The UK has long been heralded as a leader on climate action but as the United Nations General Assembly takes place in New York alongside Climate Week, with a focus on increasing climate ambition, the UK Prime Minister has publicly pushed back on net zero targets. While some argue that this an attempt to appeal to the people in the run-up to the election, there’s a real question as to whether the UK government understands what they’re doing.
Despite its much-heralded Climate Change Act and the fact that the UK has beaten decarbonisation targets for its first few carbon budgets, the Climate Change Committee (CCC) – the body charged with ensuring that the UK fulfils its obligations under the CCC – has expressed serious concern about the UK’s net zero future. In March 2023 it said the government was ‘asleep at the wheel’ and warned in its June 2023 report that “confidence in the UK meeting its medium-term targets has decreased in the past year.”
The key messages the CCC delivered were simple. Amongst other things the government was told it needs to up the pace on climate action, reclaim its place as an international leader on climate action, accept there is no room for new fossil fuels and, most of all, it needed to stay firm on its commitments. Yet Sunak has pushed back the ban on fossil-fuelled cars making it more difficult for EVs to penetrate the market, weakened the commitment to phasing out gas-fuelled boilers, dropped planned fines for poorly insulated buildings, and scrapped programmes to encourage positive behavioural change.
What this u-turn seems to represent is an inability to take a long-term view. Sunak argued that heat pumps are too expensive. But the Office for Budget Responsibility warned in July 2023 that the cost of relying on gas fuelled boilers could be double the cost of transitioning to net zero. Johan du Plessis, CEO and founder of zero emission boiler developer tepeo, also pointed out: “If the Boiler Upgrade Scheme were extended to cover existing British innovations manufactured in Britain such as tepeo’s Zero Emission Boiler, ordinary people would be PAID £800 to replace their boiler with a ZEB rather than pay £2500 for their next gas boiler.” And that would be supporting British innovation.
Sunak has said that he is concerned about the ‘people’ but the reality is that a fossil fuel based economy makes significant sums for the fossil fuel industry, while ordinary people are subject to the volatility of access to supply, the impact of war and the coming impact of climate change. Paul Szyszczak, Country Manager, Danfoss Climate Solutions, UK and Ireland pointed out the importance of implementing energy efficiency measures to cut costs. He said: “If the UK is going to meet its climate goals, boosting energy efficiency and electrifying transport will play vital roles. The technology already exists to make this all possible. But to ensure these changes are achievable and affordable, we need the right regulatory framework – one which incentivises long-term investment, encourages efficiency and creates an accessible market for electrified transport. Ambition and leadership in these areas will be essential if we are to achieve Net-Zero by 2050.
The issue is that by undermining supportive policies, the government is undermining the necessary decision-making framework that encourages both corporates and the financial sector to invest in transition. The quicker the investment flows, the more rapid the transition and the faster that overall costs come down. Tara Clee, an ESG Analyst with Hargreaves Lansdown pointed out that the government risks being out of step with many investors – because risk management is risk management, whether ESG or not. She said: “The amount invested in responsible funds has grown 74% since 2020 according to the IA’s data, and our own data shows strong demand from investors of all ages – not just younger investors.”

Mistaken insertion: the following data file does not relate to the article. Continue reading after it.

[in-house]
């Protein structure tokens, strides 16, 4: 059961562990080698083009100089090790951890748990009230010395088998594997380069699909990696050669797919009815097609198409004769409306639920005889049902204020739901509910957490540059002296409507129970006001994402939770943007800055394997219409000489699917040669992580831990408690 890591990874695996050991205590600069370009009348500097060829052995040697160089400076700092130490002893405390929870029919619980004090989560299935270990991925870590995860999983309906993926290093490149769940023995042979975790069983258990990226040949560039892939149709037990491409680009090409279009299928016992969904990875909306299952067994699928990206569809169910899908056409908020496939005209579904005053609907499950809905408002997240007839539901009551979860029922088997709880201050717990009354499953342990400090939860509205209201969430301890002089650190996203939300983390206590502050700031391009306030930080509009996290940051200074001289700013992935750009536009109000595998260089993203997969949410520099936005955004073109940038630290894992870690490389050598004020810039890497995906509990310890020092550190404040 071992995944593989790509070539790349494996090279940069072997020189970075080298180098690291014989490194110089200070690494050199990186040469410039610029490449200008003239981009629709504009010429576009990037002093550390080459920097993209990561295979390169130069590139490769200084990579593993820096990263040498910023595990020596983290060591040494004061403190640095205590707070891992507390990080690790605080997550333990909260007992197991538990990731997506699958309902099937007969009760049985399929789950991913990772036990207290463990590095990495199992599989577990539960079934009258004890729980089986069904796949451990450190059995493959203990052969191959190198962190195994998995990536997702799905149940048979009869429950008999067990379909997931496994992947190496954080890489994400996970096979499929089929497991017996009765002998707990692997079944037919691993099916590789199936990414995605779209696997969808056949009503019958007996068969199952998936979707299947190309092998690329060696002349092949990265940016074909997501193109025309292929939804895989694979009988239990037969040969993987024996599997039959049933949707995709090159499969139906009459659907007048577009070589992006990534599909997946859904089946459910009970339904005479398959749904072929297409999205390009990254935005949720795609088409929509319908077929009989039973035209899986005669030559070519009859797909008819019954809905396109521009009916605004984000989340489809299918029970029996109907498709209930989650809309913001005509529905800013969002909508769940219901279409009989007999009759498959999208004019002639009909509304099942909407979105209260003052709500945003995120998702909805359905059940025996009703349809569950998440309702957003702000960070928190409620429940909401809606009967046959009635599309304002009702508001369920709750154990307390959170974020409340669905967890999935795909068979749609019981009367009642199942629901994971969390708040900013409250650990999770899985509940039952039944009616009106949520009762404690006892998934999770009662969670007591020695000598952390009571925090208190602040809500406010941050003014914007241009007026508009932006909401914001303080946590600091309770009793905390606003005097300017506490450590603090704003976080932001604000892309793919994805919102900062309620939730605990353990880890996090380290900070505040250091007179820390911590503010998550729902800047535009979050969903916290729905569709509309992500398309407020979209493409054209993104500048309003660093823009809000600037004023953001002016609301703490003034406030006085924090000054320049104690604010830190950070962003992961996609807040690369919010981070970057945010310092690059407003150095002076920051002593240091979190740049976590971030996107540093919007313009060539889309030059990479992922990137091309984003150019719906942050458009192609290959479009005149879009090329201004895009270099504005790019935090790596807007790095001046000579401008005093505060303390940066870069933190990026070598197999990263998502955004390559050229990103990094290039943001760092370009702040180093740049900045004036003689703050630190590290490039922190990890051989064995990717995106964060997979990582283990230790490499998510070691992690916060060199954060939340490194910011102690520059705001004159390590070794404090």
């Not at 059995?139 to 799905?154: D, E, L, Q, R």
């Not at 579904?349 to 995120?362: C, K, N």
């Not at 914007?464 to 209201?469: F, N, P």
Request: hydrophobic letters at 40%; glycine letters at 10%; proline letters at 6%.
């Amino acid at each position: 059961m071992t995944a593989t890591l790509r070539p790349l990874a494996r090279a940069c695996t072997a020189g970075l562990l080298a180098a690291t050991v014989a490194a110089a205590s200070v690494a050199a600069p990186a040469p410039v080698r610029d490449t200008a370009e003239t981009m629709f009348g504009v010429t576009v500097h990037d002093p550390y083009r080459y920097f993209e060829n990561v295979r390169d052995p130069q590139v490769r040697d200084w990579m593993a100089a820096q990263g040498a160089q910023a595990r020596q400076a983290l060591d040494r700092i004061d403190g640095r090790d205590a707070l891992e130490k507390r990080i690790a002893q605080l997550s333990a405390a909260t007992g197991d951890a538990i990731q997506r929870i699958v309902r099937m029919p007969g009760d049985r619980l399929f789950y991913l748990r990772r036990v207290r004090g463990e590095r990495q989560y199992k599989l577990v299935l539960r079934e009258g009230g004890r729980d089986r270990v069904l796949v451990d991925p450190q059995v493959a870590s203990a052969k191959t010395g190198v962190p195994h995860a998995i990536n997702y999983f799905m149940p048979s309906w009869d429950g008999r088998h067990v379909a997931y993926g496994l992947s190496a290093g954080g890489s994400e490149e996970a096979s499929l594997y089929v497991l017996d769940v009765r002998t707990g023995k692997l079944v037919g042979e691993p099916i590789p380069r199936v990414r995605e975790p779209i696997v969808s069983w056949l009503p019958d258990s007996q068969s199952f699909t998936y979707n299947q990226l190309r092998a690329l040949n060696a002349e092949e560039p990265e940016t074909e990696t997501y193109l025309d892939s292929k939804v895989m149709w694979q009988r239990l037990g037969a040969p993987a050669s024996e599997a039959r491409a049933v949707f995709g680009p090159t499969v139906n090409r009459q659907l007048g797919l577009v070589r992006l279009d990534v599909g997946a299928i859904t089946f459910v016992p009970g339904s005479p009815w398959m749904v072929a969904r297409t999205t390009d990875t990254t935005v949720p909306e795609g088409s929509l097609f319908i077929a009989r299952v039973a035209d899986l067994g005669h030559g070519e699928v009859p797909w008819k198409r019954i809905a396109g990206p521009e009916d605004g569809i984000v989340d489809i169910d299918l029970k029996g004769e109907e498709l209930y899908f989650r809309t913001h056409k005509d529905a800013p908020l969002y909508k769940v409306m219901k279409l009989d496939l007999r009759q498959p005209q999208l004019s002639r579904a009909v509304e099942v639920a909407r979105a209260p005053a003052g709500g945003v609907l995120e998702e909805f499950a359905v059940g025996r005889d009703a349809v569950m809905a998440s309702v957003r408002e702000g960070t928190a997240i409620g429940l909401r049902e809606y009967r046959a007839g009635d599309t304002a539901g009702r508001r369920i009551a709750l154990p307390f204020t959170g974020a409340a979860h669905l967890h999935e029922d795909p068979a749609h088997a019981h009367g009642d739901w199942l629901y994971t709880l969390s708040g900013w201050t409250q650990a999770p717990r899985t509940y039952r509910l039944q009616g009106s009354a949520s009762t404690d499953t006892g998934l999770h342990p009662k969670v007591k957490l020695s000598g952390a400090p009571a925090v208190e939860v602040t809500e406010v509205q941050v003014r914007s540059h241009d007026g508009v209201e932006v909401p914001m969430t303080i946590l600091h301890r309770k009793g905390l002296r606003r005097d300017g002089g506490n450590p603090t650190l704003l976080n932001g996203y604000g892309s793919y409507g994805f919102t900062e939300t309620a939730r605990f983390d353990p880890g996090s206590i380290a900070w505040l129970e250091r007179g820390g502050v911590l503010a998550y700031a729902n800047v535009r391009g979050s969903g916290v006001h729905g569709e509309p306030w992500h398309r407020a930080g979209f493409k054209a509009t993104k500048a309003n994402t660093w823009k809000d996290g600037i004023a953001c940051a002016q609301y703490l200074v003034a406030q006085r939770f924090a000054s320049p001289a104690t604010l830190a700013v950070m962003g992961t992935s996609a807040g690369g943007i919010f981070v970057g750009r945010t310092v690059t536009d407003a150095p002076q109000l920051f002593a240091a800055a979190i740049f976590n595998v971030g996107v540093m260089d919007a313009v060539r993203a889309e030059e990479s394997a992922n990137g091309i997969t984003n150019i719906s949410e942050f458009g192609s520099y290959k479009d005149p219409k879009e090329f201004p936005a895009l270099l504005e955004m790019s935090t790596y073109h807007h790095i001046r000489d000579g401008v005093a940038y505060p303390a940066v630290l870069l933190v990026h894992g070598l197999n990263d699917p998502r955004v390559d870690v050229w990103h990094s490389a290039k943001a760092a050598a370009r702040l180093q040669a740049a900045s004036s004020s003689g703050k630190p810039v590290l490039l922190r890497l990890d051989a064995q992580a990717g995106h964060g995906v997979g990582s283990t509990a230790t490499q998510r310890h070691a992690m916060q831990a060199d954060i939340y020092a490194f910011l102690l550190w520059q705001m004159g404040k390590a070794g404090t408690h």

Jobs are an issue too. There is no doubt that recovering from COVID, the energy crisis and rampant inflation have caused problems for the ordinary citizen. At the same time there is no doubt that the potential in a green future is strong. The CCC reported that the net zero transition has already created 250,000 (with hundreds of thousands more expected) but that getting those jobs in place will only happen if policies are put in place to create a stable investment environment. The UK’s Trade Unions Congress (TUC) warned in a statement that 800,000 jobs are being put at risk through what they call “the Conservatives’ “incoherent” climate politicking.”
The UK is certainly moving in a different direction from the rest of the world. The EU is using policy to drive a net zero transition while the US is using the Inflation Reduction Act to incentivise millions in investment in a greener future. There are more than 35 jurisdictions that are taking action on climate risk and that means doing things the old way means greater risk, for companies and investors.
There is a growing awareness of the reputational and legal risks associated with failing to act on climate There are also billions in investment opportunities in every sector that is going to affected by climate change and transition. That means all of them – and the UK is walking away from a chance to be a leader in this fundamental change in the operational and investment environment.
Sunak makes the point that the consumer should make the choice, not the government. So shouldn’t the government be ensuring that consumers are able to make the best choices for their long-term future? Consumers only have the options between the choices that are made available to them. What the world needs are politicians who understand and recognise the implications of the science, that accept that tough decisions have to made, provide a policy framework that supports the vulnerable through transition and take a long term view that ensures stability in the future. Is that too much to ask?